The head of state marked a minute’s silence in front of a memorial to victims of a notorious round-up of 6,500 Jews in 1942 in the company of famed French Nazi hunters Beate and Serge Klarsfeld.
“It’s an emotional moment and a relief to see a president come to Vichy,” Serge Klarsfeld said afterwards.
Macron’s visit comes at a time of national debate over the legacy of collaborationist leader Philippe Petain, as well as appeals from local Vichy officials for the picturesque town to be freed from its association with one of the country’s most sombre periods.
Far-right pundit and presidential candidate Eric Zemmour has recently reprised his previous statements that Petain saved French Jews by deporting foreign Jews instead to Nazi concentration camps—sparking the ire of Holocaust historians and campaigners.
Aides to Macron insisted that his trip was not intended as a response to Zemmour, but the president said in an interview on Wednesday that “Vichy takes us back to history. This history was lived and has been written by historians. Let us not manipulate it, shake it up or revise it.”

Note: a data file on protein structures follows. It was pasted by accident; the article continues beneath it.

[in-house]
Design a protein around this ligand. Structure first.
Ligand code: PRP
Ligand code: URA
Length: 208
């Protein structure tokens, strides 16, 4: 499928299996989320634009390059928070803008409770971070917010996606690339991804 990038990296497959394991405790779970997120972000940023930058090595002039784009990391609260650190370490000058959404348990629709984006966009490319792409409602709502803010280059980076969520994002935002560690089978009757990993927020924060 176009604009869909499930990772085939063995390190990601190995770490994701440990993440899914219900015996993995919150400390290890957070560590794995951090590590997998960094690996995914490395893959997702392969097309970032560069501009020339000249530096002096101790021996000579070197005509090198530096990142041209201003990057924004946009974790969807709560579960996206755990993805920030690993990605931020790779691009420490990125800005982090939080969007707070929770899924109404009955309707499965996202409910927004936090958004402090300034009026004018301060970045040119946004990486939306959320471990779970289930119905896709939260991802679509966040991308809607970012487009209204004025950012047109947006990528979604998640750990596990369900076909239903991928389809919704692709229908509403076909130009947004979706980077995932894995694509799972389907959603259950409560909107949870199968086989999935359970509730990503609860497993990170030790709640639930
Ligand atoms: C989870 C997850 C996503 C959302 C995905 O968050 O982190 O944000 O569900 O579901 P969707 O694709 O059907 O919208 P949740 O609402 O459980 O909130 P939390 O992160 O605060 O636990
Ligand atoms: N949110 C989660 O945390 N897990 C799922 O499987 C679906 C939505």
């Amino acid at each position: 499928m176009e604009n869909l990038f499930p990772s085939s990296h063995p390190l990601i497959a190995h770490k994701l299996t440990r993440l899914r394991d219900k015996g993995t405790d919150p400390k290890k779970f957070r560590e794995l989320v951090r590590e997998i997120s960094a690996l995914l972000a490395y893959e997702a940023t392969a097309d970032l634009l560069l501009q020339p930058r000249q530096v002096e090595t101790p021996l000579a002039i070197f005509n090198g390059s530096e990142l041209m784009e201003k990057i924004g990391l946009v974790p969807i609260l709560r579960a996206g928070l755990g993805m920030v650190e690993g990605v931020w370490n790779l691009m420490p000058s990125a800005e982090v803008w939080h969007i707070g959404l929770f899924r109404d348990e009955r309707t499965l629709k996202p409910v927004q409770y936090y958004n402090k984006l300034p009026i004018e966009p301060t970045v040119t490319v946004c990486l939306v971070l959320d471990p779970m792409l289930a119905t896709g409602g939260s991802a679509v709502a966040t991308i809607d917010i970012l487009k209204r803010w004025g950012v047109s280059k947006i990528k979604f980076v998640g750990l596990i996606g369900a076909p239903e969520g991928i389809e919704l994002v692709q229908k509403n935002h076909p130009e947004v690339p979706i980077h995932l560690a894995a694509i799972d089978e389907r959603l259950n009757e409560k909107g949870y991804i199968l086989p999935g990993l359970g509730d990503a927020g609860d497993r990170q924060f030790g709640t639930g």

The 43-year-old, who is expected to seek re-election in April, also heard complaints from locals in Vichy about their struggles with the legacy of Petain’s decision to set up his government in the town and collaborate with the Nazis after France’s military defeat in 1940.
Local mayor Frederic Aguilera from the right-wing Republicans party said he wished the widely used expression “Vichy regime” would disappear.
“We feel every day the weight of words, the weight of an unfair stigmatisation. Vichy remains associated with France’s shame, Vichy is France’s shame,” he said during a ceremony with Macron.
The town in central France to the north of Clermont Ferrand is also home to popular natural spas and is seeking to market itself as a wellness and beauty destination.
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